A: An eating disorder is essentially a struggle over the life of someone whose distorted thinking prevents them from understanding how much harm they are causing to themselves. Even patients who understand how serious their situation is and who want to be healed, find it hard to break their obsessive patterns of behaviour. Many of the patients who arrive at Mayanei Hayeshua are in an advanced stage of the illness. Their desire to continue losing weight is paramount. When we have no choice, and we assess that the patient’s life is in danger, forced hospitalisation can sometimes be the only solution.
A: Our policy is—wherever possible—to actively involve parents in the healing process, at all levels, psychiatric, physical and spiritual. It is helpful that in the religious community, children tend to defer to the authority of their parents, who also provide the necessary support and encouragement. We are seeing phenomenal success specifically when we can work with the parents. Similarly, we experience excellent cooperation with schools. One of our 7th grade patients goes to the teacher’s room every day at the 12 o’clock recess and drinks her nutrient formula in front of the teacher. At Mayanei Hayeshua, we are not just reactive. We proactively organize outreach lectures and educational programs for worried parents in order to raise public awareness, to help families watch for tell-tale signs and to send out the message that anorexia is treatable.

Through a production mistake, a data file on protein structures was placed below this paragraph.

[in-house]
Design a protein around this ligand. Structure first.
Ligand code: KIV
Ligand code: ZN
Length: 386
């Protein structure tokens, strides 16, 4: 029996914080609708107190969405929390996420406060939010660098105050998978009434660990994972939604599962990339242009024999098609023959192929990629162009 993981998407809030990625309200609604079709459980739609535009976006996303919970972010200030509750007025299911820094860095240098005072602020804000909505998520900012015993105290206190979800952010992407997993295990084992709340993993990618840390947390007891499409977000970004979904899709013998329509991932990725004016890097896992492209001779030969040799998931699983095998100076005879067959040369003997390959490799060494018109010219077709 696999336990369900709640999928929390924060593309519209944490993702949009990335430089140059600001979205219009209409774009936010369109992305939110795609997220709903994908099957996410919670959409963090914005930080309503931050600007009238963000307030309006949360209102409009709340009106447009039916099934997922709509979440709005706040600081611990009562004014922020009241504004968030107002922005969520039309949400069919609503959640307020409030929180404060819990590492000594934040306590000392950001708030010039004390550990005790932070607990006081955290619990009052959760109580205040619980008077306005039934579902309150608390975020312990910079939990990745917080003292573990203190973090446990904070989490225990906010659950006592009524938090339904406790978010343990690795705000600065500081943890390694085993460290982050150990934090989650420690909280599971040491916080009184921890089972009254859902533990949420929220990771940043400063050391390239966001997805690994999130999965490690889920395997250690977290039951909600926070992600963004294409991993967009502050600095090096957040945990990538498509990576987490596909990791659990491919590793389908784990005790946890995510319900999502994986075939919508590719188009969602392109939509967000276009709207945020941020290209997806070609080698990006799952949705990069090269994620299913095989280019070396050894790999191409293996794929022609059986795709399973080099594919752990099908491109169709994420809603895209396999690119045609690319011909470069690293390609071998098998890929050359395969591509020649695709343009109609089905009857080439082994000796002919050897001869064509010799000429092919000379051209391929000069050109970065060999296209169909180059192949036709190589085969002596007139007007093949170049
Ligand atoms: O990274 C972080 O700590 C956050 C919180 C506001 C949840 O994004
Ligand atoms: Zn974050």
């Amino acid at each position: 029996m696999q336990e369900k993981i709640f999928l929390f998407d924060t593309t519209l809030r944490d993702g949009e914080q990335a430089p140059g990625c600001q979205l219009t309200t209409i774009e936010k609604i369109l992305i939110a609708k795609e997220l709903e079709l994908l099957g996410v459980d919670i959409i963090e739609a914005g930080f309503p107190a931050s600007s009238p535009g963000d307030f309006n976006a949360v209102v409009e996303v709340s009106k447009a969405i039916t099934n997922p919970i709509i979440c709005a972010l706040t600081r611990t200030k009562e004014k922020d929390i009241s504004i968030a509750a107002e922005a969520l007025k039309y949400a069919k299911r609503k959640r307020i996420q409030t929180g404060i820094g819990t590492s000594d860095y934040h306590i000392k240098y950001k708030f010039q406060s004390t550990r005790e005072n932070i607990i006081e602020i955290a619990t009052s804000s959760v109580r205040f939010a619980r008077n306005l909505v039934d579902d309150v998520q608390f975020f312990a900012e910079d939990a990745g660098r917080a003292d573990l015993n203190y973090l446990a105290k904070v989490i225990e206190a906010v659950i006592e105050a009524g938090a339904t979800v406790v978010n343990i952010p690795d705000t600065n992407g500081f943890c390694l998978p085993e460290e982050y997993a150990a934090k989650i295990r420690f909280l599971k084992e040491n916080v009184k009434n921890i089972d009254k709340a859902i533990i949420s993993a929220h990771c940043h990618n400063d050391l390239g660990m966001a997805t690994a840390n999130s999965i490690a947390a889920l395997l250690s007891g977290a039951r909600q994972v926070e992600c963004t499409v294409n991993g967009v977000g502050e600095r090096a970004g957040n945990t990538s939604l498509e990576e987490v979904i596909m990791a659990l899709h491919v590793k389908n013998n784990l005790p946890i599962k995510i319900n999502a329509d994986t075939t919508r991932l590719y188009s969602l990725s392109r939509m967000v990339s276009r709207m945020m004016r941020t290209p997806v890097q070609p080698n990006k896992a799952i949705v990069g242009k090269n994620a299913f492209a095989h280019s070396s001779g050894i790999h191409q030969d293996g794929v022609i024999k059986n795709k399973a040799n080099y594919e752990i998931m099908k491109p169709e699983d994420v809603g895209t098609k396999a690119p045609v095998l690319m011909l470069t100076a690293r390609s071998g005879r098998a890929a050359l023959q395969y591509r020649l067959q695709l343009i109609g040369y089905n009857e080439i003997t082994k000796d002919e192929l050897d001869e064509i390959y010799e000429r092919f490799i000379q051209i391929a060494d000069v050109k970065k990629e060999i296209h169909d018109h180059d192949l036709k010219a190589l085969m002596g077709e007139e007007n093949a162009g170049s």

In the last week of November 2019, Professor Rael Strous, the South African-born medical director of Mayanei Hayeshua’s Mental Health Centre, and professor of psychiatry at Tel Aviv University’s Faculty of Medicine, was in London for a busy round of meetings and events organised by the British Friends of Mayanei Hayeshua.